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Council could charge retail developers Community Infrastructure Levy

Cheshire East Council will progress with proposals to introduce a new Community Infrastructure Levy (CIL) for some retail developments in 2019.

The local authority’s draft framework for the scheme is said to have been ‘substantially approved’ in an examiner’s review, with minor amendments to reduce some of the rates being made.

The CIL would empower the council to make a charge per square metre on developers building houses and commercial property in the borough, with charges varying according to the zone the development is taking place within.

A decision as to whether the CIL will be adopted is to be made during a full council meeting in February 2019.

If given the go-ahead, the CIL would operate in tandem with Section 106 developer funding, which sees developers make contributions from large-scale housing schemes to fund infrastructure and other needs.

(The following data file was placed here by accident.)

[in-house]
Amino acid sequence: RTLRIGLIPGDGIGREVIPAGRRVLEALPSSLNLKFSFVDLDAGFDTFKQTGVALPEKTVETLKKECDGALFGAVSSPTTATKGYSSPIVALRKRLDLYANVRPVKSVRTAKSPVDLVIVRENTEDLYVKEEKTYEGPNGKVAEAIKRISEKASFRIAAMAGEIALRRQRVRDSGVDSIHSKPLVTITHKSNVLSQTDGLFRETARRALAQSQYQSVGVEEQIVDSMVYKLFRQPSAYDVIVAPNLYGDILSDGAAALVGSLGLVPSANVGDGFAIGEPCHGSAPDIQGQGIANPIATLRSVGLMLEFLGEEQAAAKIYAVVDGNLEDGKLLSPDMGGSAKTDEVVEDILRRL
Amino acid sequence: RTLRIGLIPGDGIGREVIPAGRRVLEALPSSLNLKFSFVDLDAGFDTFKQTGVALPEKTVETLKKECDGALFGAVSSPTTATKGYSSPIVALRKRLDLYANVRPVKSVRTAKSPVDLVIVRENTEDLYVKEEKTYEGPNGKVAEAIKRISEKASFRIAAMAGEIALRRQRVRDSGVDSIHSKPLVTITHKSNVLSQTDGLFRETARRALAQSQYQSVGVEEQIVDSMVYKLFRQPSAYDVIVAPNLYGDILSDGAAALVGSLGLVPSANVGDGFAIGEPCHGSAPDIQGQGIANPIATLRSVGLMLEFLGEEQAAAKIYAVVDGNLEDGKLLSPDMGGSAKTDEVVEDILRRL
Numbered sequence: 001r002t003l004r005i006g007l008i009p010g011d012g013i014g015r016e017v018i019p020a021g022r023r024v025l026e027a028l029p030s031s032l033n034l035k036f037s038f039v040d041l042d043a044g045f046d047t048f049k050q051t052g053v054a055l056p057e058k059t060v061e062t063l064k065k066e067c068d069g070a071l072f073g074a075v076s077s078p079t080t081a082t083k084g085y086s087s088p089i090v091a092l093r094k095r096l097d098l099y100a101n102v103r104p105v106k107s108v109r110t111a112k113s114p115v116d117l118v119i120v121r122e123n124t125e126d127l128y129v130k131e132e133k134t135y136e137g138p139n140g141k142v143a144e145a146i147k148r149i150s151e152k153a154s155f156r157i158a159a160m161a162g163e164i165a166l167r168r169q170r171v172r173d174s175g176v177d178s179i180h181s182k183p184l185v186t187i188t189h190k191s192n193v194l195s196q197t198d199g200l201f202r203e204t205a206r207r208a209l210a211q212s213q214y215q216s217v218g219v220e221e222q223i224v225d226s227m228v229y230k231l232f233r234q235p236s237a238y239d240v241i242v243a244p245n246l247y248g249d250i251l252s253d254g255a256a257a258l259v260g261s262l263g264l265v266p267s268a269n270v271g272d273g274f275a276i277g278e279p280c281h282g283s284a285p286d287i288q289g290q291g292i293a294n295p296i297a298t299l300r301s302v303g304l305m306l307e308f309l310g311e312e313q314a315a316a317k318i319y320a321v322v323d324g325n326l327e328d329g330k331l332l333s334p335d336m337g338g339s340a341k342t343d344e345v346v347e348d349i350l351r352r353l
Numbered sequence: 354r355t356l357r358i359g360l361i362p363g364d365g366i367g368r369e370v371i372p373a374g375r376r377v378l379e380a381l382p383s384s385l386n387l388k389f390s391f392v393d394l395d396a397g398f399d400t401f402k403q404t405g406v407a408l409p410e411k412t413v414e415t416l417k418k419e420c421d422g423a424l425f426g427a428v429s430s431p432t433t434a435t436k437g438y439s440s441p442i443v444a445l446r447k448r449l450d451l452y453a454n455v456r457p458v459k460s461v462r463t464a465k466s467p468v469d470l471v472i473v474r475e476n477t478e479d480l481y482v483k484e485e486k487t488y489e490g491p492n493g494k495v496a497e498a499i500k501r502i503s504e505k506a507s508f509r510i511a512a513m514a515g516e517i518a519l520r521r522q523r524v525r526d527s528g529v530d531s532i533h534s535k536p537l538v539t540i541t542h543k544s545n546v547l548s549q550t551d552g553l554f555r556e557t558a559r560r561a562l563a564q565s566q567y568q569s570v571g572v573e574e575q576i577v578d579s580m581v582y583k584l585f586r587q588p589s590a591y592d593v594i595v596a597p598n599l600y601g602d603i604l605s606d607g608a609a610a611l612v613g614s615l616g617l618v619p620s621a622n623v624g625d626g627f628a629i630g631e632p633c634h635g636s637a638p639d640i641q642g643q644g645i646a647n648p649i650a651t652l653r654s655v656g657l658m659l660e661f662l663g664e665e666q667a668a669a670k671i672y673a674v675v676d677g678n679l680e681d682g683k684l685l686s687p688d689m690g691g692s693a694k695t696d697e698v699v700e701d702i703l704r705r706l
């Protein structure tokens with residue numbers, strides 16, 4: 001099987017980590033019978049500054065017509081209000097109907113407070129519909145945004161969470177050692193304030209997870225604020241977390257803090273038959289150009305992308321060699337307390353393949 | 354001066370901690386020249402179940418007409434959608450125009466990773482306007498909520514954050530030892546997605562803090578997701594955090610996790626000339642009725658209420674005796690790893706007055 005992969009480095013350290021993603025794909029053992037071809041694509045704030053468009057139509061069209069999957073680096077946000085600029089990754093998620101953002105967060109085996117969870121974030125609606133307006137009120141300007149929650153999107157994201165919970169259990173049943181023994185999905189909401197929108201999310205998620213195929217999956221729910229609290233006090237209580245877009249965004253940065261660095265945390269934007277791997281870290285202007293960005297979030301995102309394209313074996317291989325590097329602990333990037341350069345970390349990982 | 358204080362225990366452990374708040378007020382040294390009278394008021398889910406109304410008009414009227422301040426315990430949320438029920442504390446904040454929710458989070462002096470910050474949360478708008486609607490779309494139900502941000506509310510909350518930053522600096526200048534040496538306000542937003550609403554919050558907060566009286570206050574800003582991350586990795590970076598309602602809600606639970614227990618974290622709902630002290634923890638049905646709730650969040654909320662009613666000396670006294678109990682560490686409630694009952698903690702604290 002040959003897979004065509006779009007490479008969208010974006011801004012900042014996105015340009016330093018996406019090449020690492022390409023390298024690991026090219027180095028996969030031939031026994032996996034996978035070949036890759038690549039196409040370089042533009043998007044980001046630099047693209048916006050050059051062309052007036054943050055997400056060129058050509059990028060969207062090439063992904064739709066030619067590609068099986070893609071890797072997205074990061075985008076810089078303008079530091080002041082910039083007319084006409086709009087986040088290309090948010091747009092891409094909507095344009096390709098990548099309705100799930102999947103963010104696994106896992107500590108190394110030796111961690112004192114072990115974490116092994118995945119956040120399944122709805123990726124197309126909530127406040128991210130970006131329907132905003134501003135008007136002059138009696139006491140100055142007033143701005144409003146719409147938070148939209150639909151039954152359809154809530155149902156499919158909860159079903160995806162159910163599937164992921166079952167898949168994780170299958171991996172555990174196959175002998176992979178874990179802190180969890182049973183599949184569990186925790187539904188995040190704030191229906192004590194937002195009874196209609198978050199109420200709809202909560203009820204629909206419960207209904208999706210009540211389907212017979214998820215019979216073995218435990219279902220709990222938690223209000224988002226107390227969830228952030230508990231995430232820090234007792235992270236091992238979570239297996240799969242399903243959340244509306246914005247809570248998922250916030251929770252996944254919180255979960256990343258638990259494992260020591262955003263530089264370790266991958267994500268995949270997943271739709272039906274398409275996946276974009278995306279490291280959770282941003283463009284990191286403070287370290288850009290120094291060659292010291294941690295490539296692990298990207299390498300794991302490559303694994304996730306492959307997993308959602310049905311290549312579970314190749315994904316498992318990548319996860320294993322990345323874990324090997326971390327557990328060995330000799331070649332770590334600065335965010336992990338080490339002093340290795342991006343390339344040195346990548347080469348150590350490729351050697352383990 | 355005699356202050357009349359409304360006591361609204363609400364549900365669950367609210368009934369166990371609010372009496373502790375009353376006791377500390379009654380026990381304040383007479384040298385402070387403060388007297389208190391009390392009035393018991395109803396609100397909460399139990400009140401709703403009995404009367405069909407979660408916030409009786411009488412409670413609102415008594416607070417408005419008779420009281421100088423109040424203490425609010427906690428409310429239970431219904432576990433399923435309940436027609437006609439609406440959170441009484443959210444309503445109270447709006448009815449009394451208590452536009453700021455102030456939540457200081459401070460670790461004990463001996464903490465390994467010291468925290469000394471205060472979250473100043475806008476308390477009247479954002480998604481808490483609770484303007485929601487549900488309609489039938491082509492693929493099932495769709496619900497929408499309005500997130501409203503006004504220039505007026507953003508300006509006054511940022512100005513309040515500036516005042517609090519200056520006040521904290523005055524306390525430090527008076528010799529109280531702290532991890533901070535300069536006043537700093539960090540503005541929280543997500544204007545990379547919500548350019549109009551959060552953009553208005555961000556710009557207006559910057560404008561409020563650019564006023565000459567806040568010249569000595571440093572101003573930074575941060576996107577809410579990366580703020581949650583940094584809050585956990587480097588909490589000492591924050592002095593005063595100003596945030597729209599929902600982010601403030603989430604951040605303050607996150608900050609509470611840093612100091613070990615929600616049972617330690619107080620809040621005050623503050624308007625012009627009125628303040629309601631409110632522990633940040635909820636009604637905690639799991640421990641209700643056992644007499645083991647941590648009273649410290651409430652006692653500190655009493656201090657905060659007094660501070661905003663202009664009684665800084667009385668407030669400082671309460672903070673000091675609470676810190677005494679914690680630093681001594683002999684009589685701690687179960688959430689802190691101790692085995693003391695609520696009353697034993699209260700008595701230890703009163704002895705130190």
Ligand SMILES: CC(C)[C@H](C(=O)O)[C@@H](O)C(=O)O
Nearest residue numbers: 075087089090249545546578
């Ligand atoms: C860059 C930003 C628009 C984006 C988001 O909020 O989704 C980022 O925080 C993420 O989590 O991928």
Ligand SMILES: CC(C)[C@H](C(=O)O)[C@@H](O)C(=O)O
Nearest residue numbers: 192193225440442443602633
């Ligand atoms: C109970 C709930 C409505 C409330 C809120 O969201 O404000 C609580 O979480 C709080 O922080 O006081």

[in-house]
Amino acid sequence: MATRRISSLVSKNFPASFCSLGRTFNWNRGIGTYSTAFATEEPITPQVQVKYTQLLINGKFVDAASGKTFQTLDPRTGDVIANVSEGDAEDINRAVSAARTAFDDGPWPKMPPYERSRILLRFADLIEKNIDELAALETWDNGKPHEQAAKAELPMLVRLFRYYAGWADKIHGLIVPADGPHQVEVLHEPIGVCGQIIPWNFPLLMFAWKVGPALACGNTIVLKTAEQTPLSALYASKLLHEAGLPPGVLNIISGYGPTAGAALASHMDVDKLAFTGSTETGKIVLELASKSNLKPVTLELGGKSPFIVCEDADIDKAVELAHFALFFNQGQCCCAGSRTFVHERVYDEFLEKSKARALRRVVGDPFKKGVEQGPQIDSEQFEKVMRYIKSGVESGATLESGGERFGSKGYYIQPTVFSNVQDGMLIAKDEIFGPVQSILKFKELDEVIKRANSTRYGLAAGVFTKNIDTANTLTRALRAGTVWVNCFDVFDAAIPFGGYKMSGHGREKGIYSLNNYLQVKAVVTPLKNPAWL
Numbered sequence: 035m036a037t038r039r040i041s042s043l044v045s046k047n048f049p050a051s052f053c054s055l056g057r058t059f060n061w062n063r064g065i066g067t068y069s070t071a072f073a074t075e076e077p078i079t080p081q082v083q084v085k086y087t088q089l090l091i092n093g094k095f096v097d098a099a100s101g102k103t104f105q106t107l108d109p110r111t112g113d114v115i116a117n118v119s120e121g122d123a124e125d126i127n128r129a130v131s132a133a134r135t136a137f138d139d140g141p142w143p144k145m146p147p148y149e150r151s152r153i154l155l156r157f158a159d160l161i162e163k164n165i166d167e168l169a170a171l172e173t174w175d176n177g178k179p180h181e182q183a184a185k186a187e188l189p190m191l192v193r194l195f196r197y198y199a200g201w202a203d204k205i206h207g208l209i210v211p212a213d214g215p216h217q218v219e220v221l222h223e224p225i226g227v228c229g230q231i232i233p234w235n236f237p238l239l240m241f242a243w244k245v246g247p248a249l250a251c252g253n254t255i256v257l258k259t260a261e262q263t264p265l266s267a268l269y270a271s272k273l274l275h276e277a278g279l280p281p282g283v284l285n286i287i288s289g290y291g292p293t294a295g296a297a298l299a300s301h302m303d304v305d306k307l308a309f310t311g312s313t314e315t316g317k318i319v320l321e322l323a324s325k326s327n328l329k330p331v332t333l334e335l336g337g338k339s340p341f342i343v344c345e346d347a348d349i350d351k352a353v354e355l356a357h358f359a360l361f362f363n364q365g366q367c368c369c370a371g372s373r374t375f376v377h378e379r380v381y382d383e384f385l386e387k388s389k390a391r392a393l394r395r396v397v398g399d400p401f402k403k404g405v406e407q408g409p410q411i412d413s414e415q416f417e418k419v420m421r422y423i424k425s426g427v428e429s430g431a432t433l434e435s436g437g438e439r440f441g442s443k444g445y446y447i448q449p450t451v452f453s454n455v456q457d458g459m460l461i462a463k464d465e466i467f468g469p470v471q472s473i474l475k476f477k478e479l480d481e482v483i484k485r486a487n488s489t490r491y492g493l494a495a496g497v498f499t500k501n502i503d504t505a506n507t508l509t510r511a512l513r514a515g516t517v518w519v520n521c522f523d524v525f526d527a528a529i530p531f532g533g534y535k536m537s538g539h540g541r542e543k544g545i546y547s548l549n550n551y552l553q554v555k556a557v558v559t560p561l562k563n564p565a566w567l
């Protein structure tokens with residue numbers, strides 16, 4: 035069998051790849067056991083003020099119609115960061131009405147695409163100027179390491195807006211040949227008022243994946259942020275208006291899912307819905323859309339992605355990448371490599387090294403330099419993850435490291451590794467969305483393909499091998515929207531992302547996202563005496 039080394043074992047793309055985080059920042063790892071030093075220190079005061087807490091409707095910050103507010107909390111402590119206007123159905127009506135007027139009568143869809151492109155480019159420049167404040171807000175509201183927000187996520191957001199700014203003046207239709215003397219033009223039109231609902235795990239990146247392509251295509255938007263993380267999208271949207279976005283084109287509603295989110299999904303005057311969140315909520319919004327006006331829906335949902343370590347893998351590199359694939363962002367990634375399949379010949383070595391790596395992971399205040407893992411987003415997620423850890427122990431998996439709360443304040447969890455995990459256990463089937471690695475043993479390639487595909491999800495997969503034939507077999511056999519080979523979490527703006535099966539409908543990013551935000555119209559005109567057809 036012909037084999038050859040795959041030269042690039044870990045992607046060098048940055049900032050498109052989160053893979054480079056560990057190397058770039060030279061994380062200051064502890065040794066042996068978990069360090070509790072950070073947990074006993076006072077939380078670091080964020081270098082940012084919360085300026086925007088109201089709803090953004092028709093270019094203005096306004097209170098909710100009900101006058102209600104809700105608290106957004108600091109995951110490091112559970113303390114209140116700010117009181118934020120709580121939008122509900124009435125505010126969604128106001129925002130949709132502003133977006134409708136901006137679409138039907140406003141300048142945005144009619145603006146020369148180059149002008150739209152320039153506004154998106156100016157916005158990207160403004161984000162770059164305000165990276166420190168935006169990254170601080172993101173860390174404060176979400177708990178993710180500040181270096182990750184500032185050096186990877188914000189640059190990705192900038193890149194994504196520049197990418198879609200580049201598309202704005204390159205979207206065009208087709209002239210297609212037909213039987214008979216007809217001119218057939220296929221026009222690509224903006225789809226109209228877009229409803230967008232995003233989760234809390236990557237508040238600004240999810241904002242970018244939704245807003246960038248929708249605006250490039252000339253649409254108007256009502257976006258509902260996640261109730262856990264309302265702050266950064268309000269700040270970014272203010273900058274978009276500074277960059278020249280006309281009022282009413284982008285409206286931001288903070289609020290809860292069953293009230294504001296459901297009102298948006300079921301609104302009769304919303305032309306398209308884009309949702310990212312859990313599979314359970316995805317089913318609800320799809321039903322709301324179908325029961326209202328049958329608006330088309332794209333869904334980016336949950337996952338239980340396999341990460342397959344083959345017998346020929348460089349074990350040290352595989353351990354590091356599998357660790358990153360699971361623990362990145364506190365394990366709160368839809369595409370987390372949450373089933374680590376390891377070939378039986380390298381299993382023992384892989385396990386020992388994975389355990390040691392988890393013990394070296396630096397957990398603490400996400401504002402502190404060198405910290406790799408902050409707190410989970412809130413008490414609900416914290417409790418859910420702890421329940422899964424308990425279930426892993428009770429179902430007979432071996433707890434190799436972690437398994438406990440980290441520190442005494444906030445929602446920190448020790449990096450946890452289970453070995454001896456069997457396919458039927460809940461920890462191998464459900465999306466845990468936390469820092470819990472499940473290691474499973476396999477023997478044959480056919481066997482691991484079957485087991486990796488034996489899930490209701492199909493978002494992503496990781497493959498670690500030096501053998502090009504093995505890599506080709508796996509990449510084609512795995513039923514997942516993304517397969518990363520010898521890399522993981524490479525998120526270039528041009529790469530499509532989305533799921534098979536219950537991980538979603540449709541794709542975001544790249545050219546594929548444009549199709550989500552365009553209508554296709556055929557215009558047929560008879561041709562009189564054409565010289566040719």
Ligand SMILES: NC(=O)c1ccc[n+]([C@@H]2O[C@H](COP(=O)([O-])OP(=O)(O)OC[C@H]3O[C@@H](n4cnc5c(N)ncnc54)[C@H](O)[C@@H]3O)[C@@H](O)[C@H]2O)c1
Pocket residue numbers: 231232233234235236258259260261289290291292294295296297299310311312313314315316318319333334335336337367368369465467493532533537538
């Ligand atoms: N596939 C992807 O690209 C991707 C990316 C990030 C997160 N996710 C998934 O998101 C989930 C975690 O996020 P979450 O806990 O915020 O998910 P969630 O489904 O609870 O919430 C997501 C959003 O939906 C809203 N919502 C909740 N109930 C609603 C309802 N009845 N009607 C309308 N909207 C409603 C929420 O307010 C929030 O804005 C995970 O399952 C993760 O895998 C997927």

According to Cheshire East Council, up to 25% of CIL receipts would go directly to town and parish councils from developments in their area.

Some areas predominantly containing brownfield sites, such as built up areas of Crewe, Congleton, Macclesfield and Sandbach, wouldn’t incur a CIL charge as the previously built on land is more costly to develop due to clean-up works, demolition and decontamination.

Meanwhile new greenfield housing allocations on the outskirts of those towns would attract a charge through the initiative.

Councillor Ainsley Arnold, Cheshire East Council’s cabinet member for housing, planning and regeneration, says: “I am pleased that the examiner’s conclusions enable us to progress with proposals to introduce the CIL in the New Year.

“As stated in our opening remarks at the public hearings, we have a positive approach to delivering sustainable development and the economic growth that brings and CIL would bring with it further benefit to our communities in the borough.”

The council’s Local Plan includes the provision of an additional 36,000 homes and 380 hectares of employment land before 2030.

It’s estimated that the CIL could generate £30-35 million over the next 11 years, alongside developer contributions under Section 106.